But I’m not convinced that there are enough resources on this planet to allow for that standard of living for the entire earth’s population. In fact, the current system in which some part of the earth’s population has much while most of the population has very little, looks to me like a bell curve with the height of the bell at too low a comfort level, and a very steep drop at the edges. It’s possible this is part of “the natural pattern,” allowing some portion of the human race to focus beyond survival. Even in the poorest places, there are people who have more and people who have less, and those power structures often go right down into family units.
Ideally, the lucky people able to focus beyond survival will turn their minds to finding ways to move the bell curve forward on the comfort scale, so eventually the height of the bell is at a level where people can focus beyond basic survival. I’d like to see the entire human race move toward that. The world’s poor play a role, as do the world’s rich.
It’s like that old, old concept of Divine Right. What if our privileged lives are serving a purpose towards the greater good of future generations of a larger portion of the human race? If our society fed back to the people it uses and exploits to achieve its standard, raising their standards bit by bit in ways that made sense to them at a basic survival level, would that just breed more resentment, or would they see the greater good?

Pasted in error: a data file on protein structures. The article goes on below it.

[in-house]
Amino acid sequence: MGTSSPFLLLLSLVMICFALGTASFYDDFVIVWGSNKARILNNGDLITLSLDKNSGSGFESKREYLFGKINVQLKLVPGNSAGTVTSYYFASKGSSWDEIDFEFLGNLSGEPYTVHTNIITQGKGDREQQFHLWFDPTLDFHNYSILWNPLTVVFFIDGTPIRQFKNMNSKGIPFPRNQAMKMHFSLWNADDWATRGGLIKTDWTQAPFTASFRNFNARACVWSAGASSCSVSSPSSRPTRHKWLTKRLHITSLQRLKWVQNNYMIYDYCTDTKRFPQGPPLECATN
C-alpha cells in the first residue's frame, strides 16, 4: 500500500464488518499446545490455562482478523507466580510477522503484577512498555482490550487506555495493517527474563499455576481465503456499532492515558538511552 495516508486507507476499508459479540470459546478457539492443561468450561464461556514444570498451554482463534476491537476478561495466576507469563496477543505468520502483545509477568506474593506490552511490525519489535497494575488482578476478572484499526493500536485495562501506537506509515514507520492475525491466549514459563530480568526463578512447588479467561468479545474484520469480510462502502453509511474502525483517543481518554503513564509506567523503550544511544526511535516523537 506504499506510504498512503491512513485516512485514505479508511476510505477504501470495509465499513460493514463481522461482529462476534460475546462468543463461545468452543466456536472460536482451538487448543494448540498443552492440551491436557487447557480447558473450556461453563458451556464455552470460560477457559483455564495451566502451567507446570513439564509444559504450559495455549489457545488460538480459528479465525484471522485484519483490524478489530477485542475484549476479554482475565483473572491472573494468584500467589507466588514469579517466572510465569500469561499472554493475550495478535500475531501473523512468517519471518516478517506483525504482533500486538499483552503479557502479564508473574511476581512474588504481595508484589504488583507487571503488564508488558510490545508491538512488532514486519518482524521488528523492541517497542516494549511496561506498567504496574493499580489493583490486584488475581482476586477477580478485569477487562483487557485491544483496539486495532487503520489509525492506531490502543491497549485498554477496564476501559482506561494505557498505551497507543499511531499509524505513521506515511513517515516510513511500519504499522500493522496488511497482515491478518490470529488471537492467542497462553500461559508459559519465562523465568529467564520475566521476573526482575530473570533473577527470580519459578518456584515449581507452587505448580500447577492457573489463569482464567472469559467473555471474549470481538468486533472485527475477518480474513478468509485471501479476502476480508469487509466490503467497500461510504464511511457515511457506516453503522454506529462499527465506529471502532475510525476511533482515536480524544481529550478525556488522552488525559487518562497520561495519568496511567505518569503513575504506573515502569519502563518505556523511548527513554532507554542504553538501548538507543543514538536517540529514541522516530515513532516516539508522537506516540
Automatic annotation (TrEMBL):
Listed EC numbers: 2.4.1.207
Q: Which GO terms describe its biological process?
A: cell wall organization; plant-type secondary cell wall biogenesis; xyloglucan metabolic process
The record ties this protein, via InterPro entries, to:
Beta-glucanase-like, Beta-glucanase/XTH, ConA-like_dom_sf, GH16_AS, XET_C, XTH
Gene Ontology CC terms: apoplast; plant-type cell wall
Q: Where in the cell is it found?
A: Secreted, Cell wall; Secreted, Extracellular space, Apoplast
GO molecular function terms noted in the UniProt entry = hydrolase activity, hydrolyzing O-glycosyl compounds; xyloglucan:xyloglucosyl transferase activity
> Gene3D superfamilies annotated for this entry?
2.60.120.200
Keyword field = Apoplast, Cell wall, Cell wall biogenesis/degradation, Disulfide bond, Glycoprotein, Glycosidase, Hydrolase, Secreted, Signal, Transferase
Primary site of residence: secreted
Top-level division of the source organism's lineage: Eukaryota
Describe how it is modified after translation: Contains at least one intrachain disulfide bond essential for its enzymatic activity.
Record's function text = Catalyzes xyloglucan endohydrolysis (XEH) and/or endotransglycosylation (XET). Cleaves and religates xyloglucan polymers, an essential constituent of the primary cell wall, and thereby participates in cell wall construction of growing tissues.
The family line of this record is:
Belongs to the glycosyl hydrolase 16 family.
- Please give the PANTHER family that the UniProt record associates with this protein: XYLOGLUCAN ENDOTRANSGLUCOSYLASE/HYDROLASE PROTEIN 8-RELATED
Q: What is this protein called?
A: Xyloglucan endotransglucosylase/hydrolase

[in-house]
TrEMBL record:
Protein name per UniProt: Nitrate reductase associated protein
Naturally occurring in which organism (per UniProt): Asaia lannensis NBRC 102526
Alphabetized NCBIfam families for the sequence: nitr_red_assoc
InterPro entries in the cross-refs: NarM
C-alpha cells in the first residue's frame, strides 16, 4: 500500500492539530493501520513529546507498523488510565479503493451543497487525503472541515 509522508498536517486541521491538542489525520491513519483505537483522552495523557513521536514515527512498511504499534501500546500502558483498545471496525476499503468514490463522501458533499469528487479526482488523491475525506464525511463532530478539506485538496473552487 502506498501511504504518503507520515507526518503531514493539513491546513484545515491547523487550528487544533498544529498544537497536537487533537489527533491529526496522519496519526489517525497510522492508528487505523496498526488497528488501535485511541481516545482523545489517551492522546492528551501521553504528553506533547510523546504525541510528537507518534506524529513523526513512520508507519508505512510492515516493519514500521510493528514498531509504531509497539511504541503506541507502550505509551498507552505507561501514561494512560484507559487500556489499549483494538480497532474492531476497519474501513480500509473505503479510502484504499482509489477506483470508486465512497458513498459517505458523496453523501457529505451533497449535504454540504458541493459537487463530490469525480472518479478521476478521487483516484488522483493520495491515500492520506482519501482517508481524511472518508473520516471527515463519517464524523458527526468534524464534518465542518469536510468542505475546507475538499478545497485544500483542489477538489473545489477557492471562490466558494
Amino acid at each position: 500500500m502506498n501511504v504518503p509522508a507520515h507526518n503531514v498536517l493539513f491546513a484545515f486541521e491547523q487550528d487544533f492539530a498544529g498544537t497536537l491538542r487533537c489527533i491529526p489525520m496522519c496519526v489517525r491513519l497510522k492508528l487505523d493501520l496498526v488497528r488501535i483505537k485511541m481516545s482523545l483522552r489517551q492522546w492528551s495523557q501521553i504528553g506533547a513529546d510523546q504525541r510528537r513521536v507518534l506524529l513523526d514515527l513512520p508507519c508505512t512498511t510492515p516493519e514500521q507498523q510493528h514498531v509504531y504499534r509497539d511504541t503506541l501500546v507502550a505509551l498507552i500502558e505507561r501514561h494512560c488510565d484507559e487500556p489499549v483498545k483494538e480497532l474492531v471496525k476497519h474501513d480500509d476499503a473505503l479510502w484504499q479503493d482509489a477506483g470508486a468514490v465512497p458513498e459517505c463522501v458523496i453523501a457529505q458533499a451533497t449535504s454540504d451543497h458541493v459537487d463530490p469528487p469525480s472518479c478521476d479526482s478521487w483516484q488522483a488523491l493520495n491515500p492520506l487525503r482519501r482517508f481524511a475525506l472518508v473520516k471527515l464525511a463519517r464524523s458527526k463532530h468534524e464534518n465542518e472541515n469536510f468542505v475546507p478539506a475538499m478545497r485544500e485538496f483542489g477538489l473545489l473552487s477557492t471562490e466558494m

It doesn’t really matter because North American society is not focused on raising the world level of comfort over generations, it’s focused on raising it’s own level of comfort in decades. There’s a chance that the resentment much of the world feels wouldn’t be affected one way or the other by our society’s actual behaviour, given envy and limited available information. But when the behaviour is overtly exploitative, dismissive and violent in nature, there is much to fear.
We need to get the mean comfort level up to above survival – those who have the luxury of looking beyond survival have the responsibility to try to get others there, too. That doesn't mean we’ll all be equal, mind you – the “haves” continue to increase their own standard of living as the bell curve shifts to the right.